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Afghan officials: Taliban kill 30 policemen in west province

Afghan officials: Taliban kill 30 policemen in west province

Kabul: A blistering overnight attack by the Taliban on an Afghan police outpost in western Farah province killed 30 policemen, Afghan officials said Thursday.

It was the latest in a series of brutal and near-daily Taliban assaults on the military and police forces, government and other installations throughout the country.

The resurgent Taliban, who in recent years have taken over nearly half of Afghanistan, did not comment on the attack in Farah.

The attacks have been so relentless that authorities no longer regularly provide casualty figures, but unofficial estimates say that about 45 Afghan policemen or soldiers are killed or wounded on a daily basis.

According to provincial council member Dadullah Qani, the overnight onslaught on the outpost in Farah's district of Khaki Safed began late on Wednesday and continued for more than four hours.

In Kabul, lawmaker Samiullah Samim told The Associated Press that the Taliban killed all 30 policemen members of both the national and local police force who were deployed at the outpost, including the district police commander, Abdul Jabhar.

Retaliatory airstrikes killed 17 Taliban fighters but the insurgents still managed to get away with a large amount of weapons and ammunition, he said.

Meanwhile, fighting with the Taliban in two districts of central Ghazni province has displaced thousands of people in the past two weeks, most of them minority ethnic Hazaras, who are Shiites, said Mohammad Arif Rahmani, a lawmaker from Ghazni.

Also, about 100 Afghan policemen, local pro-government militiamen and soldiers have been killed in the bitter clashes there, Rahmani told the AP. Currently, Afghan security forces are battling insurgents in 22 of the country's 34 provinces, he added.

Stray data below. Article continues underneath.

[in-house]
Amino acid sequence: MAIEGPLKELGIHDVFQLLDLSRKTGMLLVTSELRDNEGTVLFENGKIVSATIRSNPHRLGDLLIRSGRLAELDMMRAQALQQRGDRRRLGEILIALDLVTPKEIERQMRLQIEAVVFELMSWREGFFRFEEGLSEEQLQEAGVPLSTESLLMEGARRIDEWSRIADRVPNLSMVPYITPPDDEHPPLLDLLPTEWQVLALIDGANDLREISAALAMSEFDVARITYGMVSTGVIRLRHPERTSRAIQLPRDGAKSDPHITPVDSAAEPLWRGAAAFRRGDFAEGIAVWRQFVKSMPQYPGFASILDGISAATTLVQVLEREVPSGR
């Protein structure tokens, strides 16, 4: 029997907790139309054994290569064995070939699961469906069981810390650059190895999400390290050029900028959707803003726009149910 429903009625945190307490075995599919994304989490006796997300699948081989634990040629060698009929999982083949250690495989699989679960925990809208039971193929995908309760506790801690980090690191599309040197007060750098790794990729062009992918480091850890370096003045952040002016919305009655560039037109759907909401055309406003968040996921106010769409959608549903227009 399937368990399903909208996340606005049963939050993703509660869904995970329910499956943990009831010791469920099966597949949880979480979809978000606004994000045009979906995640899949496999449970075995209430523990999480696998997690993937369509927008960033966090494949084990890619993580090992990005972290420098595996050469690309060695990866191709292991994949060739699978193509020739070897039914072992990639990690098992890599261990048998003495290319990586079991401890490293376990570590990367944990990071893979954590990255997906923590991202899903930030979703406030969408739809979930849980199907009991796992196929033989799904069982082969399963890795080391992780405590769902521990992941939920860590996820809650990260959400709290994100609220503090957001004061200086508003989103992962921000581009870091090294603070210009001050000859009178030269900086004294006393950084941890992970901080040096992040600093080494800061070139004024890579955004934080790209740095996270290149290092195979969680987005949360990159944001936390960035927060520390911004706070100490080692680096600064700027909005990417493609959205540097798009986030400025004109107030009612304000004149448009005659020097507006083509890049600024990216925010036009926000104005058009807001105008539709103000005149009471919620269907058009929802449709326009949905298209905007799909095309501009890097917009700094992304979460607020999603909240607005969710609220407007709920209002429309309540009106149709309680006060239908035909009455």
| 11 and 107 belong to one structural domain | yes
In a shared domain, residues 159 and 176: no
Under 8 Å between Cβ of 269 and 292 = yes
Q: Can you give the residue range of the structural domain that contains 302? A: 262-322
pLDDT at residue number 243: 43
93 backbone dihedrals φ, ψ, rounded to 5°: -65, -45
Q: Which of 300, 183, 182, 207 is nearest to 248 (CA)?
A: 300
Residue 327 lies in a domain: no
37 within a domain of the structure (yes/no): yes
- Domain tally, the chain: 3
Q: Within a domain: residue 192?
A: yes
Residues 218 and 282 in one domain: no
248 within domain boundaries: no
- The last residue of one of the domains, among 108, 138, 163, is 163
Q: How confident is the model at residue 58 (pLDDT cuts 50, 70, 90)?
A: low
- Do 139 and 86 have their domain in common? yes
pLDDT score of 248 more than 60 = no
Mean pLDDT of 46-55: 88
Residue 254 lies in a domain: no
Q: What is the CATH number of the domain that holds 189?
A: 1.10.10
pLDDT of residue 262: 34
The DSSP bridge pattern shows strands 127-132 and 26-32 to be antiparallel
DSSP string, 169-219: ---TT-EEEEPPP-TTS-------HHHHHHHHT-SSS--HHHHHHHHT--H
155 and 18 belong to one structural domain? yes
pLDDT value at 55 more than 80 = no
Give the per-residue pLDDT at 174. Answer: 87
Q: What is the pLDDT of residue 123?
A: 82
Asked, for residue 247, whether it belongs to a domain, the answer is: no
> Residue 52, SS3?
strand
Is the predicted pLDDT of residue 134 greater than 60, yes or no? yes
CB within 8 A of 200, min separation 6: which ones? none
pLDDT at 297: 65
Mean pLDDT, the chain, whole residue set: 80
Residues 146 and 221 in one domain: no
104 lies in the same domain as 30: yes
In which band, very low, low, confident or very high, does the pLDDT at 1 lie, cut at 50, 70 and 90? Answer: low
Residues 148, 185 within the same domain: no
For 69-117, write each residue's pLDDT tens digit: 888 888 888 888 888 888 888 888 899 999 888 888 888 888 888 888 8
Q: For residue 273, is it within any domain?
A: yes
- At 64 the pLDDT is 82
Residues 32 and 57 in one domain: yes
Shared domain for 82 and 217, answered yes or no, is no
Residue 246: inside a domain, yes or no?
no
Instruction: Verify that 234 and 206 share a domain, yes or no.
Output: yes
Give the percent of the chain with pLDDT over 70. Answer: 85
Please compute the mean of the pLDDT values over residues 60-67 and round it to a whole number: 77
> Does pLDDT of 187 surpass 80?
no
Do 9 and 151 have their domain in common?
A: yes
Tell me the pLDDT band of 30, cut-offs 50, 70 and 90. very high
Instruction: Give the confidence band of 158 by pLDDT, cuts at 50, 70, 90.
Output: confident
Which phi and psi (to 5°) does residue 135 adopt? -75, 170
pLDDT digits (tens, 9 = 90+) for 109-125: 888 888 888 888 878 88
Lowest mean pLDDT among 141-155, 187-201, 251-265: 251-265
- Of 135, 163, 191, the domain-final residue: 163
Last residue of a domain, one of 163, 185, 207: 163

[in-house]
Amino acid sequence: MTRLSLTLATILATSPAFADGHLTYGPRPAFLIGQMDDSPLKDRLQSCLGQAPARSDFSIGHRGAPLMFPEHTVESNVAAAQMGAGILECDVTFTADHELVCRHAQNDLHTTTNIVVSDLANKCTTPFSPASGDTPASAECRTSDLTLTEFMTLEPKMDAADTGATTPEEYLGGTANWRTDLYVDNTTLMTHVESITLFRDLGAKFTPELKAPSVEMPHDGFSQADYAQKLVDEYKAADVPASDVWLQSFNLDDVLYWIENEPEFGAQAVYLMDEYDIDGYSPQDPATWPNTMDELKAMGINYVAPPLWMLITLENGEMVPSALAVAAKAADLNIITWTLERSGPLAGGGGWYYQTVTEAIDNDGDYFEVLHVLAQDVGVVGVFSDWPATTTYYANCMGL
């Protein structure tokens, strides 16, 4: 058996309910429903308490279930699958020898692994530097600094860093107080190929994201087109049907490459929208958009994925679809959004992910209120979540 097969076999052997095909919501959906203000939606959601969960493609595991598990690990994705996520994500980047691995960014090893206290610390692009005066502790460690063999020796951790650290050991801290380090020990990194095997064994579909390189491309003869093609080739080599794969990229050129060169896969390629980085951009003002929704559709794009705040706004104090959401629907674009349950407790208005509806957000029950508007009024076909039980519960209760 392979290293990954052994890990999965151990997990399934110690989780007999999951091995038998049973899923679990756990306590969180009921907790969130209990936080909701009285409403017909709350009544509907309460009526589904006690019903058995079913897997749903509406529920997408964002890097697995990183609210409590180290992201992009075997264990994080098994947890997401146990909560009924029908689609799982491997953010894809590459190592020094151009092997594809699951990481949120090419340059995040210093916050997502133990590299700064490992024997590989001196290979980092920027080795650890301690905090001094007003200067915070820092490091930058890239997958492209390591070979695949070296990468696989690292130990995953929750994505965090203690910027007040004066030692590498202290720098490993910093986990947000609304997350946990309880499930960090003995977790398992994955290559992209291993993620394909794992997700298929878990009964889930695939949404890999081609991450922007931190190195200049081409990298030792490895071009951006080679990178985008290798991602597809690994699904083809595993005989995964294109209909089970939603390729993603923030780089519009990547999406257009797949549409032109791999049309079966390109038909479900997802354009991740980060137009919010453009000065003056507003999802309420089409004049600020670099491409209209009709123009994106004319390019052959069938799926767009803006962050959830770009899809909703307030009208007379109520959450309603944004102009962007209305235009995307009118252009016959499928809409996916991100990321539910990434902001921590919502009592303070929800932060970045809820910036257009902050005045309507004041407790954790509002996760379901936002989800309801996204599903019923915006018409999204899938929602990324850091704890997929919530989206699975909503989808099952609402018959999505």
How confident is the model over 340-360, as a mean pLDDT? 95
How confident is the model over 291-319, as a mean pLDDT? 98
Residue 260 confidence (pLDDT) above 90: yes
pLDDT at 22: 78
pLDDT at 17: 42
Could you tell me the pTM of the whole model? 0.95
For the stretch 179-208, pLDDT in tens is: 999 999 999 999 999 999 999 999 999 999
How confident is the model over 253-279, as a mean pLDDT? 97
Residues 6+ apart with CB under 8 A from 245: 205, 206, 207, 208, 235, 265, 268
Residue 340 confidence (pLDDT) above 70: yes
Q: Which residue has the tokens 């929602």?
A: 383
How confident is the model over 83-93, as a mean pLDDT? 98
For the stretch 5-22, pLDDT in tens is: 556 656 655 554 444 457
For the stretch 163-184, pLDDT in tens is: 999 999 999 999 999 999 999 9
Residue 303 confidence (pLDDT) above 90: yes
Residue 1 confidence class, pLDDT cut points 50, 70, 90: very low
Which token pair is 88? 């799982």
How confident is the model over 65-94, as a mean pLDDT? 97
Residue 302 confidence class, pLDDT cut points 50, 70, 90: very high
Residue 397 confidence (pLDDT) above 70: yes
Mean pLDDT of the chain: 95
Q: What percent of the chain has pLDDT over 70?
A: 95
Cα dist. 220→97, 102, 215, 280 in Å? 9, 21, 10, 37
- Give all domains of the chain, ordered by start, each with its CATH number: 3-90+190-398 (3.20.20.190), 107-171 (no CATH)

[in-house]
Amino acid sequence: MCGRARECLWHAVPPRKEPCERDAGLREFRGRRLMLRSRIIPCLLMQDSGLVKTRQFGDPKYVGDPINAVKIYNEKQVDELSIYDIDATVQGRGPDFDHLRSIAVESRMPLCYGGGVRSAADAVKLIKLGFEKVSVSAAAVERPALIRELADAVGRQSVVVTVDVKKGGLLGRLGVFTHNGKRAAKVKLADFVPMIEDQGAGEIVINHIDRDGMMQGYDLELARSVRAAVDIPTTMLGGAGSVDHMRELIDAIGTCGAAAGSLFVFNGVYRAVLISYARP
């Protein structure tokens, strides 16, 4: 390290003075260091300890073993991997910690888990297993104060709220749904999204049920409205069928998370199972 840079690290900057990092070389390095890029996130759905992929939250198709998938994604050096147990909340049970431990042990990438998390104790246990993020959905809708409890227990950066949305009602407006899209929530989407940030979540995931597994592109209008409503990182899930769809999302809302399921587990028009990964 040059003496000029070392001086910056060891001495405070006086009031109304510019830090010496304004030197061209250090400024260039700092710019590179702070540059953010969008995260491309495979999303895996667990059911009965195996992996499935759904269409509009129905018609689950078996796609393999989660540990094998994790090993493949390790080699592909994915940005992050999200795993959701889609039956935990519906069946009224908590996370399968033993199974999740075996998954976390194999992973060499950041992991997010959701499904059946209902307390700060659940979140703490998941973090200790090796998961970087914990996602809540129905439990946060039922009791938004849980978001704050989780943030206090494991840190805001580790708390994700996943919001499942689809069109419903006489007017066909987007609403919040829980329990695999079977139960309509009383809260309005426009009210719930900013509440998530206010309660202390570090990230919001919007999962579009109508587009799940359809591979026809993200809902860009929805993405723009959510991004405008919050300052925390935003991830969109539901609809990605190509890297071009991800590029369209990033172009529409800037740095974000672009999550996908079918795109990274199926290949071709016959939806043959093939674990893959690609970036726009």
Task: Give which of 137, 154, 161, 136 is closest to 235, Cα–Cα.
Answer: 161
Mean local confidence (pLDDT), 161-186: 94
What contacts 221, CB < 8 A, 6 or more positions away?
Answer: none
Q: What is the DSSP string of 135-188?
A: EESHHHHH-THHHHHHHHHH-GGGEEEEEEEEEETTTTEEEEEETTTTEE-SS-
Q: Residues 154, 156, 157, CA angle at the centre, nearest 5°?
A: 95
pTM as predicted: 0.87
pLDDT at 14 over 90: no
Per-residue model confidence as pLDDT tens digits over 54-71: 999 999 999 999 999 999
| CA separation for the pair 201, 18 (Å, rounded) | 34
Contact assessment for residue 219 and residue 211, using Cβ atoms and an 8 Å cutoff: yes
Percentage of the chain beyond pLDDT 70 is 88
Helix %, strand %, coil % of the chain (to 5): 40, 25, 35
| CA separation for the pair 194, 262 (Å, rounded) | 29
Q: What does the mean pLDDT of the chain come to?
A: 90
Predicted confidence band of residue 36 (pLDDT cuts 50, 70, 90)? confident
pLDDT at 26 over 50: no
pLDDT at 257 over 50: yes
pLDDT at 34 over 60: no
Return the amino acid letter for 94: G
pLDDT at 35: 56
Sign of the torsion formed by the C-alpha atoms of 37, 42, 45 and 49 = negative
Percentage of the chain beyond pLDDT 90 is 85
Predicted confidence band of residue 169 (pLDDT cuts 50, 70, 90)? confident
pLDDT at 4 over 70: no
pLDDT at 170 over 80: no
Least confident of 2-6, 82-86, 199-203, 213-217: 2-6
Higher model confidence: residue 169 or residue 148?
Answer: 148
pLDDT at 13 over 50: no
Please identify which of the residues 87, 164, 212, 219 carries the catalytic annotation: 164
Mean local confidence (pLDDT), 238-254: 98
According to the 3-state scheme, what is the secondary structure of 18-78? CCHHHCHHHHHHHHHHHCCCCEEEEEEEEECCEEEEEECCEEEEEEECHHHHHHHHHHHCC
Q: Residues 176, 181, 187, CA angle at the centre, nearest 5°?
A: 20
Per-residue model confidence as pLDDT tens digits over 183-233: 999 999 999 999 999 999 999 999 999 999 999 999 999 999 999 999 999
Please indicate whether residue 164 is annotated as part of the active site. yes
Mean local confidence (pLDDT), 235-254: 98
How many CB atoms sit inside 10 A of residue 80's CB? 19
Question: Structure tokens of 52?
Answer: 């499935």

Afghanistan's protracted war has also become increasingly deadly for civilians. A United Nations report issued earlier this year said more civilians died in the first six months of 2018 than in any year since 2009, when the UN mission first began monitoring civilian casualties.

"Every day in the first six months of 2018, an average of nine civilians, including two children, were killed in the conflict in Afghanistan," said the independent Afghanistan Analysts Network in its own report.

Security forces at outposts throughout the country routinely face shortages of weapons, ammunition and even food supplies, said military analyst Javed Kohistani, blaming government mismanagement.

More senior and experienced generals have been replaced with younger officers whose inexperience is compromising the strength of the security forces.

There are fewer and fewer recruits and in some areas, a battalion which should have 400 to 600 troops barely has 100 to 200 soldiers, he said.

"Nobody is joining the army," he said.

Afghanistan's Defence Minister General Tariq Shah Bahrami was grilled by lawmakers in parliament on Wednesday about Taliban onslaughts in Wardak and Ghazni provinces where entire districts are under siege.

Bahrami acknowledged the security forces have a "problem" and said that reinforcements have been sent

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